Military.com reports that:
“Women will eventually have to register for the draft if ‘true and pure equality’ is to be realized in the U.S. military, Army Secretary John McHugh said Monday.
‘If your objective is true and pure equality then you have to look at all aspects’ of the roles of women in the military, McHugh said, and registration for the draft ‘will be one of those things. That will have to be considered.’
McHugh said draft registration was not a subject to be decided by the services or the Department of Defense, and will ultimately have to be dealt with by Congress. He expected a ‘pretty emotional debate and discussion.’
However, as more military occupational specialties are opened to women, the debate on Selective Service System registration was inevitable, McHugh said.”
How this will be received when it finally gets pushed through Congress will be fascinating. Army Secretary McHugh is probably quite right that there will be a “pretty emotional debate”. No doubt, a lot of moms and dads won’t be quite so keen to see their daughters drafted into a war.
Plus, a number of young women who have been demanding both equality and “trigger warnings” may find themselves regretting their actions if we end up in another global, shooting war. And if you think that’s not possible, you clearly haven’t noticed a strong and consistent desire by mankind to obliterate itself.
To be fair, we know women have served bravely for some time now. We also know that they have been wounded and killed. Those women deserve our utmost admiration. Furthermore, we know that two women have now completed the Ranger program.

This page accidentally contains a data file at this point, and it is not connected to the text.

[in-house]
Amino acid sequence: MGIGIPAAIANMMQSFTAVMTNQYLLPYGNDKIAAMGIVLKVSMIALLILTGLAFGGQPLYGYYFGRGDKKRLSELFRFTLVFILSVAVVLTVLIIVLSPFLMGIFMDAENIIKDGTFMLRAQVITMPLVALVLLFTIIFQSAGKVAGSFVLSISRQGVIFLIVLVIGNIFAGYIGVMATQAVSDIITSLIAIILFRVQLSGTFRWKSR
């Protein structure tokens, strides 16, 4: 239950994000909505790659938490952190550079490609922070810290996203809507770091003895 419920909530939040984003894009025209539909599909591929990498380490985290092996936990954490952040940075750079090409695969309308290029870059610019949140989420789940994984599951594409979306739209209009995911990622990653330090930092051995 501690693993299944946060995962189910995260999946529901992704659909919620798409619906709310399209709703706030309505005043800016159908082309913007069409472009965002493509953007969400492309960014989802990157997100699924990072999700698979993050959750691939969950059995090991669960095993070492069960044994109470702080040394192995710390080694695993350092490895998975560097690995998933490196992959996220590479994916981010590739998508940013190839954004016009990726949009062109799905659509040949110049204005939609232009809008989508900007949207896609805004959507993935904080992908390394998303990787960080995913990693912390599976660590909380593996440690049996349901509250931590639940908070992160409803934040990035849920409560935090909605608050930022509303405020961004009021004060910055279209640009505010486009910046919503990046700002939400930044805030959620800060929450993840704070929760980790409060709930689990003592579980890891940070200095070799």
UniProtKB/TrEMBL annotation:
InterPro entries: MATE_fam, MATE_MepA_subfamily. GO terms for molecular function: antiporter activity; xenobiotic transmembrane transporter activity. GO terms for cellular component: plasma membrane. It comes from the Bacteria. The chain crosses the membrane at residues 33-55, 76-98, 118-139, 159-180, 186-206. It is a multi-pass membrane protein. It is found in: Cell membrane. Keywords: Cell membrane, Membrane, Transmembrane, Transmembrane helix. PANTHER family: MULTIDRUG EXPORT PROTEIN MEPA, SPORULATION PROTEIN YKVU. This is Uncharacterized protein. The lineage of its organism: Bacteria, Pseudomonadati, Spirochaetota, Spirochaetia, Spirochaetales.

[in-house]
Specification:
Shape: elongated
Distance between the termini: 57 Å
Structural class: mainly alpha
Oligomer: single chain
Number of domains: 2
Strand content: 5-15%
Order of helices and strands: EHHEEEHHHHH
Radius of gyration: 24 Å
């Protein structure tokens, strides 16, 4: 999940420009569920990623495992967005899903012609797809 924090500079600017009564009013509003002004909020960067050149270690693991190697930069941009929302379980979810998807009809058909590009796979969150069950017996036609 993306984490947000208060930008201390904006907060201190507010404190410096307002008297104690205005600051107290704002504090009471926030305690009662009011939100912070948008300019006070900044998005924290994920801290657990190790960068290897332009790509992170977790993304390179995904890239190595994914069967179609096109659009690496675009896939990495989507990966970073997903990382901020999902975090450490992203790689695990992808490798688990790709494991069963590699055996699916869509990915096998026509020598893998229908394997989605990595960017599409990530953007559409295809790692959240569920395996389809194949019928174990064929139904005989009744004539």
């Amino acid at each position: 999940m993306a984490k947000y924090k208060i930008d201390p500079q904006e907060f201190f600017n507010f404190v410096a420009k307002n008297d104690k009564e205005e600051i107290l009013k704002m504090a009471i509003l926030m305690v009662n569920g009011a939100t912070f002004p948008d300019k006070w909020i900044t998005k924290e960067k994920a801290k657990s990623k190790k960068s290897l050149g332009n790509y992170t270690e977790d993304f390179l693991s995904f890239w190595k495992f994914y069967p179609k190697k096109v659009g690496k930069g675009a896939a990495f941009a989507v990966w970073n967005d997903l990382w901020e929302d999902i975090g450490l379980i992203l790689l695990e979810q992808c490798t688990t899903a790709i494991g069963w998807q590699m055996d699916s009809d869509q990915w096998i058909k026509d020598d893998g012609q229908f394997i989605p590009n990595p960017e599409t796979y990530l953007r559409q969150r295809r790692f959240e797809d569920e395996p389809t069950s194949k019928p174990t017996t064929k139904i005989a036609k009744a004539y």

But even with all of that in mind, are we about to see the great experiment in equality clash with biology?
Over at Foreign Policy, Col. Keith Nightingale, U.S. Army (Ret.), has an article called “Women in Ranger School is Fine, but Women in Infantry Isn’t. Here’s Why.” The grist of the argument is captured in a few paragraphs that are well worth the read:
“Squads are composed of a mix of our society that never met before their assignment but never really leave each other. They live, endure, and control on the very cutting edge of our national military policy. They willingly give up the expected niceties of life in order to exist within their small entity and to perform at the highest level each can achieve as part of their whole. They fight, exist, and die for each other — nothing else. There is a special bonding that takes place within these elements that transcends all other motivations and human urgings. The allegiances endure for a lifetime and cannot be broken — often to the chagrin of family and friends. The members act as if nails on a magnet — they coalesce as a whole even though they are individual parts. Creating separate emotions and dividing the human glue to this element carries great peril for the membership.
The inclusion of a different sex within this delicate structure begs its destruction through no instrument other than human nature. Inevitably Jack and Jill will respond to what nature provided as a deep lodestone within us all. That response will be a cancer on the others and in a difficult perilous moment, Jack or Jill will lose the focus on the whole in favor of the part.